Sunday, May 30, 2004

First Reading: Acts 2:1-11
Responsorial Psalm: Psalms 104:1, 24, 29-30, 31, 34
Second Reading: First Corinthians 12:3-7, 12-13
Gospel: John 20:19-23

Here at the end of the Easter season, the Church's liturgy celebrates the dramatic coming of the Holy Spirit upon the apostles, our Lady, and the other disciples gathered in Jerusalem. In the first reading, St. Luke records how the Holy Spirit came upon the room in which they were gathered as a mighty wind. It filled the room. And they saw tongues of fire which rested upon them. And they were filled with the Holy Spirit.

The Hebrew word ruah can mean spirit, breath, and wind. In this new re-creation, the Spirit rushes down upon them even as the Spirit had moved over the face of the earth in Genesis 1:2. Indeed, even as God breathed life into Adam in order that he become a living being (Genesis 2:7), the Holy Spirit is breathing new life into the apostles. As the Gospel for today recounts, our Lord breathed on the disciples in order that they might receive the Holy Spirit. It is through the breath or the Spirit of God, that we become truly living beings with new life that comes from above.

Because of the feast of Pentecost which was one of the major three feasts of the Jews, there were gathered in Jerusalem Jews from throughout the Dispersion. At this feast, the Jews were to bring the first fruits of the harvest. By a miracle of the Holy Spirit, those gathered together are suddenly able speak in tongues which are not their own in order to proclaim the mighty works of God. The crowds hears the Galileans speaking in the various languages of the crowd, and initially they are confused. This word for confused is the very same word which is used in the Greek Old Testament for what happened at the tower of Babel (Genesis 11:1-9) when the languages of men became confused. Here at the coming of the Holy Spirit, the confusion of Babel is being reversed as through the one Holy Spirit, men are hearing about the one, true God.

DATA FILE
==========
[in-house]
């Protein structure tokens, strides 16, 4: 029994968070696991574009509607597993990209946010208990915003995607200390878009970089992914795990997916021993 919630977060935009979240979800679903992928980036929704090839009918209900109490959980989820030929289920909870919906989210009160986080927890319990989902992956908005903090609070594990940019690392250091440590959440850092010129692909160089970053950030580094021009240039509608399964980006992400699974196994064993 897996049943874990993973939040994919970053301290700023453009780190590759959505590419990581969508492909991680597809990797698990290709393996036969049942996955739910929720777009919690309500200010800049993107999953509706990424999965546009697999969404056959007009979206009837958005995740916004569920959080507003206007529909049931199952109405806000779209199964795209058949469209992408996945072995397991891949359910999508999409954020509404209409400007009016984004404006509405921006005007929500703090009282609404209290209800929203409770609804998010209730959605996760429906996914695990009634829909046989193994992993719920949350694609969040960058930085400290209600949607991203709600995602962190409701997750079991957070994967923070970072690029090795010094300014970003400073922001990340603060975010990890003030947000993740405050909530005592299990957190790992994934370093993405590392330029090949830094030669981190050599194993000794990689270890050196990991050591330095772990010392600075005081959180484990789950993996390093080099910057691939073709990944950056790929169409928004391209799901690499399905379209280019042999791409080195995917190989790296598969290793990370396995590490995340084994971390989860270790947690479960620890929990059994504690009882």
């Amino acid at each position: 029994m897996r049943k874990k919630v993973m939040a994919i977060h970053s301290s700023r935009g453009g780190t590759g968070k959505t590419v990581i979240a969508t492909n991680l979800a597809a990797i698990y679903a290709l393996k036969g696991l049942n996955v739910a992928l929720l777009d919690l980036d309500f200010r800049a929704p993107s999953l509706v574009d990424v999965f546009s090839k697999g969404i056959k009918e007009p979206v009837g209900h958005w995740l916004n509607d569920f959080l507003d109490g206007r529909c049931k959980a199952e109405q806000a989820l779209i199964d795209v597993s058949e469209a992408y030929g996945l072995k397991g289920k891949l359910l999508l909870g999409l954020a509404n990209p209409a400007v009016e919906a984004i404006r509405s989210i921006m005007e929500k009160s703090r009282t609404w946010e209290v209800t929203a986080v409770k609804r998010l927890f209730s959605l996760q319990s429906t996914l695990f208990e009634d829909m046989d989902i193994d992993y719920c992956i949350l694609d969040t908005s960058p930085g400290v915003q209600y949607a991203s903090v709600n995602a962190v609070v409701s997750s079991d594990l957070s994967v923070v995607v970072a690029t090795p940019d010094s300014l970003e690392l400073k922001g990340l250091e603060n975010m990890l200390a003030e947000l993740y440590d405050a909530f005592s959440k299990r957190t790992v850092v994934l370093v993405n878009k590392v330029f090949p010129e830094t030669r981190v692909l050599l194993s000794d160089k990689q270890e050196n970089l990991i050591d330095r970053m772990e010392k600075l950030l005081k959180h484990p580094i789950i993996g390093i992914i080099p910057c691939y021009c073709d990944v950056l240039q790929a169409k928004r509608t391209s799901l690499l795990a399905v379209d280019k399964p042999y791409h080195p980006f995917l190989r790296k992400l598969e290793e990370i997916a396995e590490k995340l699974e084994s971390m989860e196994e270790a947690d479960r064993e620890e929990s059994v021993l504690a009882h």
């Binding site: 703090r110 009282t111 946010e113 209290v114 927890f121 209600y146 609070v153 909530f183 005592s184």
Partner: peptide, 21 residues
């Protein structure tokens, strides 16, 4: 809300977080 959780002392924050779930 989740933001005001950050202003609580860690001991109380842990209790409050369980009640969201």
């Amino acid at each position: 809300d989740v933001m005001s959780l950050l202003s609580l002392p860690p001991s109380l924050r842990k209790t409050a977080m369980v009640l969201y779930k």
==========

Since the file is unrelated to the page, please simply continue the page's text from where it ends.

Finally, this account brings to fulfillment what Isaiah had prophesied about the Lord's gathering of all nations (66:15-20). Isaiah noted that God's judgment would come in fire. And now the Holy Spirit has come in tongues of fire pronouncing the mighty works of God through the apostles. Isaiah prophesied that all nations and tongues would be gathered. And now the beginning of the proclamation of the Gospel to all nations has begun with Pentecost. This is emphasized by St. Luke's listing of the countries in the account in Acts. He lists them geographically from east to west, then singles out Rome, perhaps as the center of the empire and eventual center of St. Peter's and St. Paul's ministry, and finally notes western and eastern extremes in Cretans and Arabians. In other words, St. Luke wants to make clear the universality of what occurred at Pentecost. He also wants to not how Jesus' words to the disciples at His Ascension are already being fulfilled ten days later, "And you shall be my witnesses in Jerusalem and in all Judea and Samaria and the end of the earth" (Acts 1:8).

Posted by David at 9:27 AM  |  Comments (0)  | 


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